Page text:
As Tea Parties ensued from coast to coast last week, the Obama administration and their media minions depicted attendees as not understanding that the new president has decreed taxes will be going down for 95 percent of Americans.
On Sunday's "Meet the Press," Washington Post business columnist Steven Pearlstein let the cat out of the bag: Tea Partiers are right. Taxes are going up.
This revelation occurred after host David Gregory said to the Post's Pulitzer Prize winner, "There may be doubts about President Obama, but he is cutting taxes."
That's right. And the level of taxation, overall tax, the federal taxation, which includes the income tax, but also the corporate tax and the excise tax and things like that, it's, it's at one of the lower points it's been in the last 30 years. And one of the things that everyone has to get sort of comfortable with is it's going up. And Dick [Armey] is right about that, it's going up. It has to go up. We need to get the deficit down and we need to live within our means in--as households and as governments. So one of the things I, I think I'm a little disappointed in is that Obama has got himself locked into nobody under $250,000 income is going to get a tax increase. I think he's going to find that that's very limiting in terms of putting us on that stable foundation, the rock that he talked about in his speech this week.
Later, Pearlstein elaborated:
I think the president was--in this speech was trying to get us off of the idea that all of this is just spending. Some of it is investment, and it's investment that will pay dividends down the road. And if he can redirect the conversation and say, yeah, this--some of the stuff that government does that we consume every year--we send people checks, that's consumption. But if we're investing in these things, it's good for the public--for the private sector, people in the private sector to invest, but it's also good for the public sector. But what he's got to say is in order to invest, you've got to stop consuming certain things...That is, allow yourself to be taxed so that we can make these investments.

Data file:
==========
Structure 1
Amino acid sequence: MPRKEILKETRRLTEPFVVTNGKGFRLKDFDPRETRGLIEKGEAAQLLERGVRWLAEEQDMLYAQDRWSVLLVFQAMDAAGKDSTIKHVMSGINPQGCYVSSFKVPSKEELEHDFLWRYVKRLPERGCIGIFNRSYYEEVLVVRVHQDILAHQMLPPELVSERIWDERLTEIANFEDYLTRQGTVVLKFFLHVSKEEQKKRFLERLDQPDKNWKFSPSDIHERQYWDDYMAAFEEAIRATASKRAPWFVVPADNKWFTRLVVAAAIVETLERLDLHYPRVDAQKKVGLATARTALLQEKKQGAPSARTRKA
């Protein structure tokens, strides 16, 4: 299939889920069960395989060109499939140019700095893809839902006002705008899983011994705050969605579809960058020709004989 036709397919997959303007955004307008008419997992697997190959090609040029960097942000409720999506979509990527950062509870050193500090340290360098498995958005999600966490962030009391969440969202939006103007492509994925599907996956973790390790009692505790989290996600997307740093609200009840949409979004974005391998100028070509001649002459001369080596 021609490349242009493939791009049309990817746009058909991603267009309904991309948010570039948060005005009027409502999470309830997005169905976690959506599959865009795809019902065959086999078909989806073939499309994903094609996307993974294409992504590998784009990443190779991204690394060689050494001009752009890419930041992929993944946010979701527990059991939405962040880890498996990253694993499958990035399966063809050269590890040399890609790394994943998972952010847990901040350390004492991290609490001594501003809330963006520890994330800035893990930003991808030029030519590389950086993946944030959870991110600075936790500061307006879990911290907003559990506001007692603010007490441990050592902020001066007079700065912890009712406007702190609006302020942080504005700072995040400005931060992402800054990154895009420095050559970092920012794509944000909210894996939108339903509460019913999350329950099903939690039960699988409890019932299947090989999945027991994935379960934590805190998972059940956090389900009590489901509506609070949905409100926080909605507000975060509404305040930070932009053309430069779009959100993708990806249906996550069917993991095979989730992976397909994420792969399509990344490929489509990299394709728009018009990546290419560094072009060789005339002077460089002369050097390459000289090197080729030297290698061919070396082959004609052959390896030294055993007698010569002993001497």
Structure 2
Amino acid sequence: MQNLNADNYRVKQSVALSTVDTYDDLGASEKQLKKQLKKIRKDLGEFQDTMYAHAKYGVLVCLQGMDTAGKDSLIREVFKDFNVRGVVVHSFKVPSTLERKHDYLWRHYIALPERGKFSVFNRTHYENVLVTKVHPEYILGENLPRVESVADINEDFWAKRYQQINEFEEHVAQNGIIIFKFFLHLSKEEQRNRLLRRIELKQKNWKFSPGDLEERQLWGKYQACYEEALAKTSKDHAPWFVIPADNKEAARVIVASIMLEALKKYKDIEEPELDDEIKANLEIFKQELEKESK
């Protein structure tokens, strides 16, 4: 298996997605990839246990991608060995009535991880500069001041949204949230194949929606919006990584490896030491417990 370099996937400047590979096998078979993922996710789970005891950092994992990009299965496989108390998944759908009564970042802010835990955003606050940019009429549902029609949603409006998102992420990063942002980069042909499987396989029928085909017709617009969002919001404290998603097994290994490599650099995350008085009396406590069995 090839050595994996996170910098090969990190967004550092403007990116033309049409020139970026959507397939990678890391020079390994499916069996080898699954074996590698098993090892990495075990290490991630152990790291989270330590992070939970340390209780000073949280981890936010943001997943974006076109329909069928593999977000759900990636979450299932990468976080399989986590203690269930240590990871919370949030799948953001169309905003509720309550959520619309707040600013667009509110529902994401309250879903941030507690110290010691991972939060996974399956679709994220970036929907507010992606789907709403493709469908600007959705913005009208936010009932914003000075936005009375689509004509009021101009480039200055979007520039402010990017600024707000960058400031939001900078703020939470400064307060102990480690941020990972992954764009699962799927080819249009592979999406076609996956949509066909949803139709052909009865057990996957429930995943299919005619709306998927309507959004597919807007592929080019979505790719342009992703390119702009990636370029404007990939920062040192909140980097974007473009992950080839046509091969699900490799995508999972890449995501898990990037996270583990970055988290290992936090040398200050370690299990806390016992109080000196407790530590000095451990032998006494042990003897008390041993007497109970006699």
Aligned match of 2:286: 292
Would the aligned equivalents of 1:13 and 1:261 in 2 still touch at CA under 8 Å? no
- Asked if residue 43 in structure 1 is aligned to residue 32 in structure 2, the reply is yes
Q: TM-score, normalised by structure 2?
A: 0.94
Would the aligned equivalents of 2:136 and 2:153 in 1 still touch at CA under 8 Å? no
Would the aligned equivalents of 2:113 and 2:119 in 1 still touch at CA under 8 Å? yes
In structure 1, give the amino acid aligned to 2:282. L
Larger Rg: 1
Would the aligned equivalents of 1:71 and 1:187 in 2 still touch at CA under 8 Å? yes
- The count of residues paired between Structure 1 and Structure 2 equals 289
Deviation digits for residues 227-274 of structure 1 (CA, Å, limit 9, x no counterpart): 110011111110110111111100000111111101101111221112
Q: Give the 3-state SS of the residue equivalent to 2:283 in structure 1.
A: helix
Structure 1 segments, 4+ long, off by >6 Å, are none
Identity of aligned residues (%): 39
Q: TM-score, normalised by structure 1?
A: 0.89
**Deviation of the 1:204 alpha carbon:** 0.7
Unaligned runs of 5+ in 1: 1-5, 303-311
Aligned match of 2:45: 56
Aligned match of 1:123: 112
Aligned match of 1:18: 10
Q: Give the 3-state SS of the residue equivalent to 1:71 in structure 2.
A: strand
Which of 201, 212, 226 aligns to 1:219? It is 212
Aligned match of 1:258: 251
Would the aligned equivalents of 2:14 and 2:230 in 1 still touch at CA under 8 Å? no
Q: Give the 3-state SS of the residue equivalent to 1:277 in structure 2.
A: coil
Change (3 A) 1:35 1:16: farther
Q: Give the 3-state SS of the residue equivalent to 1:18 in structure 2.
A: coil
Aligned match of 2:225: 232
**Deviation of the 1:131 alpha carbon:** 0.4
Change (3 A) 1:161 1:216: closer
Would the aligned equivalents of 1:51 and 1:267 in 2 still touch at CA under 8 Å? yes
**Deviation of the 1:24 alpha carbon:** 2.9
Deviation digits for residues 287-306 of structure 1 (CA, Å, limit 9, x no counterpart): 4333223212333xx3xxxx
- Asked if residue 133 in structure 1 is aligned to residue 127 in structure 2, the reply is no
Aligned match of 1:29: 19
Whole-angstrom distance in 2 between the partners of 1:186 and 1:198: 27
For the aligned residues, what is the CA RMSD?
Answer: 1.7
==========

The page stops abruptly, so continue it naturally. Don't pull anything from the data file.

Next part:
As the Fonz would say, "Exactamundo."
Earlier in the segment, Gregory had this interesting exchange with Fortune's Nina Easton:
DAVID GREGORY, HOST: Is the broader argument here, as Steven suggests, there has to be a burden because of where the country is; that, that individuals have to pay more?
NINA EASTON, FORTUNE: Well, I, I would--first of all, I, I think the media underestimated this as an animating force, a tax--the potential of tax increasing. I think, I think that there is--it's an animating political issue. It's something that the Republicans can hang their hats on. I would recall 1993 Contract with America, when Democrats didn't take that seriously, either. I think tax and spend issues are a real, are a real animating issue for Republicans. I think there's also been a little mini TEA party on the Hill, in that we saw moderate Democrats have already declared, basically, dead on arrival the, the Obama proposal to limit deductions for wealthy households giving charitable contributions. There's concern about the cap and trade, which is the energy plan that's, that a lot of Republicans are countering as a--they're calling a tax increase.
MR. GREGORY: Right.
MS. EASTON: And some moderate Democrats are agreeing. So I think that--I, I do think the tax thing, I think the Democrats underestimated at their own peril.
I very much agree.